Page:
So, what has Justin highlighted for you and your business in terms of understanding Generation Y? Hopefully he has provided you with an understanding that Gen Y use social media in every aspect of their lives (communication, buying, education) just like Gen X’s used TV and Boomers used radio (when they were young).

So, why I am talking about Justin (again!)? Because there is so much to learn about Generation Y, how to do business with them and what they can teach us, from his story. Here are some things to think about:

  • The importance of using social media and the Internet (or at least being aware of their significance) in the marketing, branding and sales; and the statistics to back this up, existed long before Justin. Justin just brought it to our attention. So now you know, what are you doing in this space for your business?
  • Everybody in your business is in the business of sales and needs to be versatile. Justin started as a musician, now he is an actor, writer, venture capitalist and most importantly a self-promoter almost equally. What are you doing to empower your employees to self-promote (or sell) themselves and your brand?
  • Loyalty amongst customers is a business imperative. Justin has incredible loyalty from the most fickle, irrationally predictable generation on earth. Why, because he understands his market. He broke into the toughest business in the world with no Disney TV show to propel him there (like other ‘kids’ like Justin Timberlake or Brittany Spears). He let his fans feel like they discovered him through social media, a modality they understand (much like Elvis used radio and television). They therefore own him; and that’s what they love about him, which is why they always will. What are you doing to understand your market? Bearing in mind that your market today is probably multifaceted with different ‘hot buttons’. Do you have a multifaceted marketing approach?
  • If brand management is dead, and your customers are the brand (which I believe is true today), what are you doing to engage with your customers; and do you even know what your brand stands for these days?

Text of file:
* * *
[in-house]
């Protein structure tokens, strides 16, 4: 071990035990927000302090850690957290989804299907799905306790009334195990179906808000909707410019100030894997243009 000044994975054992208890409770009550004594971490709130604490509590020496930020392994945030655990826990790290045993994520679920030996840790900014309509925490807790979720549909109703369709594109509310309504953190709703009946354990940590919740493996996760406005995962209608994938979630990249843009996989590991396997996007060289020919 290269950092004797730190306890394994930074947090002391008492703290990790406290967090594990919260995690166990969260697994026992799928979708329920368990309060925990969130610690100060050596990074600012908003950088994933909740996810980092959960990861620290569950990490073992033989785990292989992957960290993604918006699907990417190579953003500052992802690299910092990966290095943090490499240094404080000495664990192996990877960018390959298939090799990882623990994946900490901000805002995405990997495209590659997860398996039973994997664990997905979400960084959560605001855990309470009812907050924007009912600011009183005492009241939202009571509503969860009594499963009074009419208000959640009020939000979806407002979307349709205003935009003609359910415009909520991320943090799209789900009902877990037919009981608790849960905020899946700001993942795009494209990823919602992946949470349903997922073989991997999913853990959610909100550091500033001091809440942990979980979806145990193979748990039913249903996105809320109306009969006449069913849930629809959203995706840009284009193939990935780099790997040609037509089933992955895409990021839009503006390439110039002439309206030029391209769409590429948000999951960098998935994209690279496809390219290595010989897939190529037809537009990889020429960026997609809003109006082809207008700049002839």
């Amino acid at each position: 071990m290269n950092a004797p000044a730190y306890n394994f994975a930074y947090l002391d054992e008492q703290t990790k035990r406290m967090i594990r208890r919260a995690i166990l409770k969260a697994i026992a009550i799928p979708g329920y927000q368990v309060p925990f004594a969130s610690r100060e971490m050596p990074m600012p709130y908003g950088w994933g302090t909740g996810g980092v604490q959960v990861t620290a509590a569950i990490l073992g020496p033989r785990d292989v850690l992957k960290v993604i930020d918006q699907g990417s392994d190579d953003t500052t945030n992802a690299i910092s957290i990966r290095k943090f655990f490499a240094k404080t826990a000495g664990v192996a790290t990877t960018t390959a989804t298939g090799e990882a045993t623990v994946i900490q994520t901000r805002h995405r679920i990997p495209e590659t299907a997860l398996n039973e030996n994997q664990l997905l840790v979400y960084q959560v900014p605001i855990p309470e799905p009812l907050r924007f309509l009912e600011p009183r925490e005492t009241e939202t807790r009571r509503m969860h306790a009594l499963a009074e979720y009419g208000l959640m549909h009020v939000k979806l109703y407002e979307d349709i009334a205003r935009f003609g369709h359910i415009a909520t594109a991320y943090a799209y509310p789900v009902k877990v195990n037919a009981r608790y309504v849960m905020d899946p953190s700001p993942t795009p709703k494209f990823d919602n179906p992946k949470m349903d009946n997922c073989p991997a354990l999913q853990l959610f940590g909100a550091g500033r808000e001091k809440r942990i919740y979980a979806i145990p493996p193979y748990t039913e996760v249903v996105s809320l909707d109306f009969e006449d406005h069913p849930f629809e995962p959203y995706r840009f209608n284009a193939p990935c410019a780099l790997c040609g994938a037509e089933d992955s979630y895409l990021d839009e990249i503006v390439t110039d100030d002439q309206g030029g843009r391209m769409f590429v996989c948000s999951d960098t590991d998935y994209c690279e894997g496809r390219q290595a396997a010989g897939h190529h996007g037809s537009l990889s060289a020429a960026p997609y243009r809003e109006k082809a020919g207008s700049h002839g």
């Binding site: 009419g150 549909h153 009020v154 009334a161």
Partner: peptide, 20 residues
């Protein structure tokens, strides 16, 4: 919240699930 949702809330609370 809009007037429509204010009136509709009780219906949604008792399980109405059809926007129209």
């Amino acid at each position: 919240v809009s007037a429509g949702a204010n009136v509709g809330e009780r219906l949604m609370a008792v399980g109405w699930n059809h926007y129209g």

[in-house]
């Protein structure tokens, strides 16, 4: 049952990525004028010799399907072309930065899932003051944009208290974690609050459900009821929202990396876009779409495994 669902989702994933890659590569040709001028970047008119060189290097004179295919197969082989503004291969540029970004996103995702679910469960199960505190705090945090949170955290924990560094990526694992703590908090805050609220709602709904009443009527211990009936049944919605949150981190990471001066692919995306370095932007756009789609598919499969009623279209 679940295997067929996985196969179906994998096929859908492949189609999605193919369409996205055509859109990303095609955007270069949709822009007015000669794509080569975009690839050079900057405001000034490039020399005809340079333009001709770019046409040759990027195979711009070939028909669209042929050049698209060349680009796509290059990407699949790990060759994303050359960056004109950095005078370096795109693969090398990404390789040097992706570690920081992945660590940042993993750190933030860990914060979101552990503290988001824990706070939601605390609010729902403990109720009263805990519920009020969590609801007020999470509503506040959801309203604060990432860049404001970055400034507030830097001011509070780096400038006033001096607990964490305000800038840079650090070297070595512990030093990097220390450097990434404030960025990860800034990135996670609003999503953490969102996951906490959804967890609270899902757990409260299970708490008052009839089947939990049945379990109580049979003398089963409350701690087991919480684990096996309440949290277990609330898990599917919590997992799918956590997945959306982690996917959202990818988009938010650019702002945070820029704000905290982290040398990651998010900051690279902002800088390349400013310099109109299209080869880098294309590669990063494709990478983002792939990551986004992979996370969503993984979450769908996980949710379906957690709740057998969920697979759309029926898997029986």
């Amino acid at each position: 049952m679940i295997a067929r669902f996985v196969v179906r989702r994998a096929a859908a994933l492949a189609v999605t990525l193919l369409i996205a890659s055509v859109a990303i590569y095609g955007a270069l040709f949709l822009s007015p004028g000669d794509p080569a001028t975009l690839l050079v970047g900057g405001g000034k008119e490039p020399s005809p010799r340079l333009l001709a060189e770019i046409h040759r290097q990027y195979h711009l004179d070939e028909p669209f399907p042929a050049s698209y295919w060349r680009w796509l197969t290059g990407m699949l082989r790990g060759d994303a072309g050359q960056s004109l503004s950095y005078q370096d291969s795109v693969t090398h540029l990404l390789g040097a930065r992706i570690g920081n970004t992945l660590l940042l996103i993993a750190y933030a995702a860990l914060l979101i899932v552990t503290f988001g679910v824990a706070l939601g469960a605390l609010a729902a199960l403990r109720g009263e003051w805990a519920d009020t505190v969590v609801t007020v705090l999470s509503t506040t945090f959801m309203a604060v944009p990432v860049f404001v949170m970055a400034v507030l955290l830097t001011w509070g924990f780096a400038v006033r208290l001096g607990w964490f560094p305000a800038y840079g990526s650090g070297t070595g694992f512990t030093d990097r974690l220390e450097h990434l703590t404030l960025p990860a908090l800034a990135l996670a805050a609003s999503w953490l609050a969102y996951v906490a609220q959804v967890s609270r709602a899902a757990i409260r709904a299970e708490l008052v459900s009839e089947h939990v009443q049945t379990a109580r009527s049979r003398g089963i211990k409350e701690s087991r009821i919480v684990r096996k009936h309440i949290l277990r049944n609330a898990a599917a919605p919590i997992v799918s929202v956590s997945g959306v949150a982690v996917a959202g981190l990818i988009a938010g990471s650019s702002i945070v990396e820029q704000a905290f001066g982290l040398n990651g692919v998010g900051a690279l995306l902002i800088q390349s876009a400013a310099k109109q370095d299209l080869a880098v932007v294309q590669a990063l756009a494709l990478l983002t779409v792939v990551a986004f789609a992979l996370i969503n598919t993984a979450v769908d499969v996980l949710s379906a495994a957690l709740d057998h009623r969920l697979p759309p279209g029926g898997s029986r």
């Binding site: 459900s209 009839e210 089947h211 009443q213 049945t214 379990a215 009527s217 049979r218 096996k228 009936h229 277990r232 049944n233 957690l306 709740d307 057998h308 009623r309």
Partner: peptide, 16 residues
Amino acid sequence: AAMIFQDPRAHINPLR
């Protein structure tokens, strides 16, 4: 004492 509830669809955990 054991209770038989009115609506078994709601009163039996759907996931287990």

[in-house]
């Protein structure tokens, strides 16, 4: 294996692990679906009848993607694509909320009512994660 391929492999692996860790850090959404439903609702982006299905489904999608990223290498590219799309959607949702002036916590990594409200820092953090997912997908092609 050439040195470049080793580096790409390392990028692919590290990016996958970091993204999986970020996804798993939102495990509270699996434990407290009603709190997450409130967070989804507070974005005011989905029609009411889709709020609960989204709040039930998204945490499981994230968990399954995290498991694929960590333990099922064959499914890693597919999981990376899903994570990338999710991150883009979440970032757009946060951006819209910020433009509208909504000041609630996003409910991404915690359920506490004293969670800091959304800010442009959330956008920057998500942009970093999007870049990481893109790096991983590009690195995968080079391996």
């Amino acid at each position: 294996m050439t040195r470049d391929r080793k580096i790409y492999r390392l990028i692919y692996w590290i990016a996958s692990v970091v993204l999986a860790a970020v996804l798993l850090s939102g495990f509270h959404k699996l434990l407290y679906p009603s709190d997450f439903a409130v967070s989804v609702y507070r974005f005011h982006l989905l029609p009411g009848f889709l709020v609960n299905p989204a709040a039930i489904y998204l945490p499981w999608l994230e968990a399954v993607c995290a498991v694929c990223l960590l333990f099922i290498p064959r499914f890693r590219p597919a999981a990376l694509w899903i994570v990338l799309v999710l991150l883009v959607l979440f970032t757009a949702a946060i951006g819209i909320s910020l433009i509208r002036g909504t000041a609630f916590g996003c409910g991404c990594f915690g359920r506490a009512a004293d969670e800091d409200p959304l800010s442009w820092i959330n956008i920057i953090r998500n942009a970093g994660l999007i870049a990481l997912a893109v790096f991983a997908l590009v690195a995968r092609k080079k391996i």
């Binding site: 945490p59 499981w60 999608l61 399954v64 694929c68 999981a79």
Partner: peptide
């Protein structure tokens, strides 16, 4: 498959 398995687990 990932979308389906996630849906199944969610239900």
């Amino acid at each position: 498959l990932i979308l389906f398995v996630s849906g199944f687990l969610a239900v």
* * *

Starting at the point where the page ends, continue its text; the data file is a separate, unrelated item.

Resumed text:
• The secret to Justin’s sustained success is that his personal brand is organic and authentic. These are fundamentally important aspects to Generation Y and the new world of work. What are you doing to keep your brand organic and authentic?

Remember, Generation Y live in a transparent world. They know how to find out about you and they want to know if you are real. They are a powerful generation, not only because they are the biggest population group in South Africa and the world, not only because they are technologically savvy, not only because they are informed and opinionated and are fantastic networkers (so they will spread the negative or positive word about your brand), but because they have a huge influence over Baby Boomers, whose qualities they echo in many of the spaces I have mentioned above. The big difference between Baby Boomers and the baby Baby Boomers (as I have seen Generation Y called) is that the latter are younger and prettier.

But once you have engaged Generation Y don’t suddenly change your methodologies and revert back to the ‘way things have always been done’. Justin continues to post thing on YouTube, he continues to Tweet and he still spends time on Facebook with his friends (all 50 million of them!).

If you want to know more about Generation Y, contact info@tomorrowtoday.co.za

0 thoughts on “What we can learn about marketing, sales and branding to Gen Y from Justin Bieber”

  1. Justin is a great example of building a platform that increased his visibility, amplified his voice above others, and created relationships with fans, not to mention he’s not just very good but he’s remarkable (worth making a remark about). I often tell individuals and professionals don’t wait for someone to pick you, pick yourself , publish yourself and this story is a great example why, but only if your doing something remarkable. Thank-you great read.